Connections +

Mode conversion parameters

TIA TR 42.7 balance task group is making good progress in modeling the effects of mode conversion on alien crosstalk performance.

September 1, 2010  

Print this page

For this month’s column I wanted to zero in on mode conversion. Mode conversion parameters are relevant to understanding noise coupling mechanisms for balanced twisted-pair cabling (both unshielded and screened twisted pair cabling).

A task group in TIA TR 42.7 copper cabling systems subcommittee is currently developing a model to explain how mode conversion parameters can result in additional alien crosstalk between channels and additional noise from external sources.

Once the work is completed, the intent is to publish a Telecommunications Systems Bulletin that defines mode conversion parameters and determines the extent to which these parameters can affect the transmission performance of balanced twisted pair cabling.

Applications running over balanced twisted pair cables are designed to operate using differential mode (DM) signals.

Differential mode means that the applied voltage on each conductor of a pair has the same magnitude, but is opposite in polarity. For example, a 1 volt differential mode signal has +0.5 volts applied on one conductor of a pair and -0.5 volts applied on the other conductor of a pair, resulting in 1 volt across the pair. If the physical geometry of a pair is perfectly symmetrical the electromagnetic field generated by one conductor of a pair is effectively cancelled out by the electromagnetic field generated by the other conductor of a pair. In an ideal case for symmetrical pairs the induced noise coupling between pairs in the same cable (crosstalk) or between pairs in nearby cables (alien crosstalk) would be very small.

Mode conversion occurs when a differential mode signal is partly converted to a common mode (CM) signal because of capacitive and inductive unbalance to ground due to pair asymmetry.

Common mode means that the voltage on each conductor of a pair has the same magnitude and the same polarity. Let’s take the same example of 1 volt signal applied across a pair.

If the pair is imbalanced with respect to ground, the voltage on each conductor of a pair would be divided unequally, for example [+0.6V/-0.4V] across a pair. This voltage can be expressed as the sum of a common mode voltage (Vcm) of [+0.1V] superimposed on a differential mode voltage (Vdm) of [+0.5V/- 0.5V]. The mode conversion for this example is 20log(Vdm/Vcm) = 20log(1/0.1) = 20 dB.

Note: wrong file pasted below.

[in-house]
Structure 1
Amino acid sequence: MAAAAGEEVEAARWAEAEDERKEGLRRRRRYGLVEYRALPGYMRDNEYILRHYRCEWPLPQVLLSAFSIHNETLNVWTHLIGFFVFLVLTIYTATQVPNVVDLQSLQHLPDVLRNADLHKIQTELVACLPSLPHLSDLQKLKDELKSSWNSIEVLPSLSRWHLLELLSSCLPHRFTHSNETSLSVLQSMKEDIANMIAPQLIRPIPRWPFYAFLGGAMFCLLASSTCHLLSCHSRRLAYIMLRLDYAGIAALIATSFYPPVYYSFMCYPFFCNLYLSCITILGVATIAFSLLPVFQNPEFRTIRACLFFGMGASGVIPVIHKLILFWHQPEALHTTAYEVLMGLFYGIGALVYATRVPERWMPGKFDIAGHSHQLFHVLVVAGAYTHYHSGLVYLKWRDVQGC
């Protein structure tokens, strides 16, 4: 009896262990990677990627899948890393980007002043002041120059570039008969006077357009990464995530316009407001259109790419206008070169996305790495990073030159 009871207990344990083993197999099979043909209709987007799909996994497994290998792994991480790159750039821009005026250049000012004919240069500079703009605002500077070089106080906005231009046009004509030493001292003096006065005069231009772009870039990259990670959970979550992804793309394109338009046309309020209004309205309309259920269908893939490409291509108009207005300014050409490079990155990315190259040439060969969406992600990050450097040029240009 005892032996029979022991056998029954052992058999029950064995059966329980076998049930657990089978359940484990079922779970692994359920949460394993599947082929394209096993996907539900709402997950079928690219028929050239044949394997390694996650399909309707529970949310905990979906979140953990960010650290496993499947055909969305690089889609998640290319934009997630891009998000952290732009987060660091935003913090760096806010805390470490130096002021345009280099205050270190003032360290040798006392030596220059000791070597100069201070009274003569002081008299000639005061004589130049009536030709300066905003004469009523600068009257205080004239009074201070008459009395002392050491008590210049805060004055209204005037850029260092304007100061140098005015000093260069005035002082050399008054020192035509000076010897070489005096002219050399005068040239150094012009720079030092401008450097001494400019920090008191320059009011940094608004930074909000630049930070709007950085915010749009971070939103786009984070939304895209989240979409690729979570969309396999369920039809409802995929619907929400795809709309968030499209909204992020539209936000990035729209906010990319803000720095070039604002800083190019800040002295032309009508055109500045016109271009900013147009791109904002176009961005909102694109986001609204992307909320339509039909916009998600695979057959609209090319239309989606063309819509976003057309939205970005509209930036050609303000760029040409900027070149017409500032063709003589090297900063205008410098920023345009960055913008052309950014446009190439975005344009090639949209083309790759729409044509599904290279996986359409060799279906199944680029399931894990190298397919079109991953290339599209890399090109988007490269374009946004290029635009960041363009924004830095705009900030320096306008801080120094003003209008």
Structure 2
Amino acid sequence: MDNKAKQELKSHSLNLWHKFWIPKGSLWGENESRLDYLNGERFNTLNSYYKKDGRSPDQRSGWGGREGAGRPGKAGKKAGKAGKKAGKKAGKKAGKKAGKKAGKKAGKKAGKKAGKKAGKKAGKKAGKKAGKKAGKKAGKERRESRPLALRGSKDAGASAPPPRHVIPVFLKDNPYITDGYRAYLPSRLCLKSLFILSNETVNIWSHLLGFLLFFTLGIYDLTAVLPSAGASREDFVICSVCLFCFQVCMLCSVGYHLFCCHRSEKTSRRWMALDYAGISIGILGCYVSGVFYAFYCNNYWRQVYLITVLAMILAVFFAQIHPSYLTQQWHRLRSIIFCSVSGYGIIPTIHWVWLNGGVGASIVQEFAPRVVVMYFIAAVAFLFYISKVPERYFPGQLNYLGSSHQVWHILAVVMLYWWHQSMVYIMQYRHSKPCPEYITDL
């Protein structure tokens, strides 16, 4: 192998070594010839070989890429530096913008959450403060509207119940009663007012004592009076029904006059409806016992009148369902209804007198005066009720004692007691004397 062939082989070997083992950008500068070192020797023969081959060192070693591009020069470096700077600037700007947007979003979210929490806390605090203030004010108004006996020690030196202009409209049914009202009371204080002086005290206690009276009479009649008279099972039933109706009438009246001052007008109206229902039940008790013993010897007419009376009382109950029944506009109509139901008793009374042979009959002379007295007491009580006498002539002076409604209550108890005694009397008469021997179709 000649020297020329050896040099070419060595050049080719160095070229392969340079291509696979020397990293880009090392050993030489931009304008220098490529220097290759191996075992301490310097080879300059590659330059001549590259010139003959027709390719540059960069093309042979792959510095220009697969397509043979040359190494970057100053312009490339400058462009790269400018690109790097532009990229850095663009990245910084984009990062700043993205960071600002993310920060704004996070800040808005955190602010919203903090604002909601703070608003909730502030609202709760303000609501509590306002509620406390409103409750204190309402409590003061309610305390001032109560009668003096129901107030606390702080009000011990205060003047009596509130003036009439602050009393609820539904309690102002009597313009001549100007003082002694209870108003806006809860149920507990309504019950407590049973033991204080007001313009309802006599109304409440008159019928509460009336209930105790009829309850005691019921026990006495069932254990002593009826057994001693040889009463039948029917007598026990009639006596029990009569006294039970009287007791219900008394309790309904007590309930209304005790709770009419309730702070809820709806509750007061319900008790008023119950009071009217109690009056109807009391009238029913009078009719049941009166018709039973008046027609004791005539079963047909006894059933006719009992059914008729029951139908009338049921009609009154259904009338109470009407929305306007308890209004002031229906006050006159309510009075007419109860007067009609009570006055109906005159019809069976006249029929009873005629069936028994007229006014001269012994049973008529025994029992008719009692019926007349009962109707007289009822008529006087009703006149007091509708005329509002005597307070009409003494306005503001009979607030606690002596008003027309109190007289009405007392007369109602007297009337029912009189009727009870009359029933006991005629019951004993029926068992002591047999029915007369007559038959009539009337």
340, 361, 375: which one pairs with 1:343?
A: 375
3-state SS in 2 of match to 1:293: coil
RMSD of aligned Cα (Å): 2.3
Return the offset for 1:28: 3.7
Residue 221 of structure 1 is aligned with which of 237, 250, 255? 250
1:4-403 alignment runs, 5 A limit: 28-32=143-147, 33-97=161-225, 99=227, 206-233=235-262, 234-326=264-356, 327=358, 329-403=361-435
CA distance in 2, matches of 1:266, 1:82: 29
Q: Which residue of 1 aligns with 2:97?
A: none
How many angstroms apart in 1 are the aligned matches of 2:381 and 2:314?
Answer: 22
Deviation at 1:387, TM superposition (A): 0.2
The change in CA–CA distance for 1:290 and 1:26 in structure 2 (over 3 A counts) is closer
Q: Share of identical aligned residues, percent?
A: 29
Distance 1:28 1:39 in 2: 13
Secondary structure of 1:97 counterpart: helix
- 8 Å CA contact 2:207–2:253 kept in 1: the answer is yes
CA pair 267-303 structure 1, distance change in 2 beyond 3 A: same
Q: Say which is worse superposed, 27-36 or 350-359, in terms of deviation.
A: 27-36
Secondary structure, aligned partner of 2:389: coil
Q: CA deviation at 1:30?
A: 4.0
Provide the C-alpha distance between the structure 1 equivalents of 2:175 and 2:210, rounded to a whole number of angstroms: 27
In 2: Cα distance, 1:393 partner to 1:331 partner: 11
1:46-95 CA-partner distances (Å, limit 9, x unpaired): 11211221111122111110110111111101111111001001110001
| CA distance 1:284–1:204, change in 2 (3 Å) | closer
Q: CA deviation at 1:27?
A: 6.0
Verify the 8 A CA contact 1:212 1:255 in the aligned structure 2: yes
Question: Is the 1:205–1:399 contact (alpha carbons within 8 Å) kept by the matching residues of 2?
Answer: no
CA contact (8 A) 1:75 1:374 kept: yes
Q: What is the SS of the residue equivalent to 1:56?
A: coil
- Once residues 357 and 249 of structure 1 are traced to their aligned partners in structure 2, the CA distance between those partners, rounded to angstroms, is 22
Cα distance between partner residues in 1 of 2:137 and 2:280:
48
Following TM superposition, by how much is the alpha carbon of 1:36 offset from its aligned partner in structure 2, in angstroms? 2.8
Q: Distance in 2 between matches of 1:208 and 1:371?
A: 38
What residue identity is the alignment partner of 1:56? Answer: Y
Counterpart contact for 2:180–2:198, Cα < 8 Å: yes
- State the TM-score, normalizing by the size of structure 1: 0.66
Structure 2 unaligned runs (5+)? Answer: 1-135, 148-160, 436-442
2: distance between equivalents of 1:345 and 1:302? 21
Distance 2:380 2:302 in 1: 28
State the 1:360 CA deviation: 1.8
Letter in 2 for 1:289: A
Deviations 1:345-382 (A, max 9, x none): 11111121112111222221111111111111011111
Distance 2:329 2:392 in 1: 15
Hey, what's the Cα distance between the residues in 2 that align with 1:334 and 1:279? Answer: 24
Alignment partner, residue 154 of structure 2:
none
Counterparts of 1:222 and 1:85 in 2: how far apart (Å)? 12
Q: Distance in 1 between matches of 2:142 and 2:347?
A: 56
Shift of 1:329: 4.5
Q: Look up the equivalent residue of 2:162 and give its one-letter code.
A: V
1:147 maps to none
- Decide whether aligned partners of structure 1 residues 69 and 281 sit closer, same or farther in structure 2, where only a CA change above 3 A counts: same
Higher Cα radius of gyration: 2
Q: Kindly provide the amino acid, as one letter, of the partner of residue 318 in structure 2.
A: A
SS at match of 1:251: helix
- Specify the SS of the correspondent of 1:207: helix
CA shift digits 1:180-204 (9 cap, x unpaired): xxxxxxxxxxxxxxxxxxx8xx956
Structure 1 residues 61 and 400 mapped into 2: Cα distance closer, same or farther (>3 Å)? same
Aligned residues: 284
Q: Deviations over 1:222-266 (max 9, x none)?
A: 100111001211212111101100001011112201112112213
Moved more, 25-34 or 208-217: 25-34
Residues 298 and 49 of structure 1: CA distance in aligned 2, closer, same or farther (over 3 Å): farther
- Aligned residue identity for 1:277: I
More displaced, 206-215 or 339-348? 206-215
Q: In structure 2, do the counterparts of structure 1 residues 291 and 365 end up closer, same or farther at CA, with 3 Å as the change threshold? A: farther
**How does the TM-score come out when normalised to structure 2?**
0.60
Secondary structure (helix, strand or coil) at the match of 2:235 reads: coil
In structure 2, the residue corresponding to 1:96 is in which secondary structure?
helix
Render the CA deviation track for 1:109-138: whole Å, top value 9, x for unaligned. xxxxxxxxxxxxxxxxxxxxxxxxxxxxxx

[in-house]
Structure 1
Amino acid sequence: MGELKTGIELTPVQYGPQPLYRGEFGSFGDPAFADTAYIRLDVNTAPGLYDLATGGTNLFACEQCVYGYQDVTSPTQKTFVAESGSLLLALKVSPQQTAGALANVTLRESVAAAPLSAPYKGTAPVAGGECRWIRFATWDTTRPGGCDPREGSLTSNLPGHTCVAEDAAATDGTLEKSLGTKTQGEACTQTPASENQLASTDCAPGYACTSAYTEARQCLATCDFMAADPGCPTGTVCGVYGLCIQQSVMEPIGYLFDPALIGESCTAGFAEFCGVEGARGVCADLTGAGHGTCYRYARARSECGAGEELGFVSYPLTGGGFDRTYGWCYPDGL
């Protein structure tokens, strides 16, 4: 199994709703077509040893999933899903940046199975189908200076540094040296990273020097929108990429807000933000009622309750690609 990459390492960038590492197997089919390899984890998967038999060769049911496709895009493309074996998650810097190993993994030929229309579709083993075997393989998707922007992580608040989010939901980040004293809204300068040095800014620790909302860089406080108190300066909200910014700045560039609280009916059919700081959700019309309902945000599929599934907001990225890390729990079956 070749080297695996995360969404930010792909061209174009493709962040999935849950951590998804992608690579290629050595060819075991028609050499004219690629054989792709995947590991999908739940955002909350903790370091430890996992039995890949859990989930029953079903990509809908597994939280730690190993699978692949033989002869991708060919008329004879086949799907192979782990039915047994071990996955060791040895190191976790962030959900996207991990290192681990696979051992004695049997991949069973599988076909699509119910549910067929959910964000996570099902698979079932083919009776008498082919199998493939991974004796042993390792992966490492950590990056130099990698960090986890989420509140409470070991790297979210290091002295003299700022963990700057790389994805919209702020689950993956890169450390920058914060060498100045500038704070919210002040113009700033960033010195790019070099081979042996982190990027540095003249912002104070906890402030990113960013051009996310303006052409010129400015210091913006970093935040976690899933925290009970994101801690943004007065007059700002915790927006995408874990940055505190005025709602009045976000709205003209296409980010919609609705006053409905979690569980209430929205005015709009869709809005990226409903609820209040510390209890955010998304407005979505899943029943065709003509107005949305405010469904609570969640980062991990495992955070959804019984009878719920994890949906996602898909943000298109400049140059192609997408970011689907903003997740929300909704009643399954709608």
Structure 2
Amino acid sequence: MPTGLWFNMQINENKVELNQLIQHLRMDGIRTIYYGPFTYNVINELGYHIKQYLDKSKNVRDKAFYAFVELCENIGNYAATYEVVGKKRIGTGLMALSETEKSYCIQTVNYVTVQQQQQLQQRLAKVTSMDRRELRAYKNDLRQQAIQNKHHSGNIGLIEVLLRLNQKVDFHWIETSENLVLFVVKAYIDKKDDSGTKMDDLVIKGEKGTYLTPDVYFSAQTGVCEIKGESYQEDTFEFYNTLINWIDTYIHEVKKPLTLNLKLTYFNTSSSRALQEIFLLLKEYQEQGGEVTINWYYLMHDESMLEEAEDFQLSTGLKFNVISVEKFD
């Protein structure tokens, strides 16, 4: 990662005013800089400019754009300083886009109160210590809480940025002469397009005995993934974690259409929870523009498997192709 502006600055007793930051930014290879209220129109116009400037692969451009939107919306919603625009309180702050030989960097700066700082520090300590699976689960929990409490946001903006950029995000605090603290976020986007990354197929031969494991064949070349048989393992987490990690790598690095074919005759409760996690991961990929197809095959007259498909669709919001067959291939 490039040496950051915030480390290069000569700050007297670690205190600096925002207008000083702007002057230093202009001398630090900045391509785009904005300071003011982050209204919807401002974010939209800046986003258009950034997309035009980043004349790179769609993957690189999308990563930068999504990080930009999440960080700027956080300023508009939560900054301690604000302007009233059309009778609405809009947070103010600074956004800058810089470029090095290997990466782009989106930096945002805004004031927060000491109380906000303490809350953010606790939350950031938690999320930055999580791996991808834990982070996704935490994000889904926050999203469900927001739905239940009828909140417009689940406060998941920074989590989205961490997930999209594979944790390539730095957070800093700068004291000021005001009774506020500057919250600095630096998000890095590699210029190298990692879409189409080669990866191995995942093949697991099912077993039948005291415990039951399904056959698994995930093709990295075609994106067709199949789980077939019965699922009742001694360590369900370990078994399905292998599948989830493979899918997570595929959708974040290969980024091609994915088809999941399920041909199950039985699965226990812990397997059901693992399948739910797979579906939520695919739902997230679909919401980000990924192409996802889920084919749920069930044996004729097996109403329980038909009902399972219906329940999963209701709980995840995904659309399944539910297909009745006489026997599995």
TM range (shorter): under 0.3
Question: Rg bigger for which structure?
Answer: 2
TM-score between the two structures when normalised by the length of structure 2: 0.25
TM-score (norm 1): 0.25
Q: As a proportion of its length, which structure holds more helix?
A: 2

A main source of mode conversion for balanced cabling is the mated plug/jack connection for an 8-pin modular connector.

The blades of an 8-pin modular plug are inherently unbalanced, in particular between the outer pairs (pins 1-2 and 7-8) and the split pair (pin 3-6), which can result in a significant amount of mode conversion especially at high frequencies.

Mode conversion occurs either within a pair or between pairs. Mode conversion within a pair is called Transverse Conversion Loss (TCL) at the near end or Transverse Conversion Transfer Loss (TCTL) at the far end. Mode conversion between pairs is called inter-modal near end crosstalk (NEXTcd or NEXTdc) or inter-modal far end crosstalk (FEXTcd or FEXTdc). Mode conversion between pairs is not a parameter that is currently specified in the TIA or ISO cabling standards.

So why study mode conversion parameters and why is it important? During the development of the Category 6A standard, it was determined that the power sum alien near end crosstalk (PSANEXT) coupling between channels was greater than predicted when adding up the PSANEXT between components (including cables, cords and connectors) using a differential mode crosstalk coupling model.

The amount of additional PSANEXT depended on the connector design and was worse for short channels with two or more connectors located in close proximity.

Some of the added PSANEXT was accounted for in the TIA 568-C.2 standard by including an allowance of up to 6 dB in PSANEXT requirements for short channels of up to 30 meters.

The TIA 568-C.2 standard also provides laboratory measurement procedures that can be used to validate that the cabling complies with Category 6A PSANEXT requirements for worst case short and long channel configurations.

The TIA TR 42.7 balance task group is making good progress in modeling the effects of mode conversion on alien crosstalk performance. The eventual publication of this TSB will provide a useful tool for cabling manufacturers to assess the performance of category 6A mode conversion parameters between pairs for cabling and components and for other common mode parameters.

We have come a long way as an industry in improving the performance of copper cabling to support new and more demanding applications.

Mode conversion parameters are a missing piece of the puzzle and are important to fully characterize cabling performance for the next generation cabling systems for 40 Gb/s and beyond. CNS

Paul Kish is Director, Systems and Standards at Belden. The information presented is the author’s view and is not official TIA correspondence.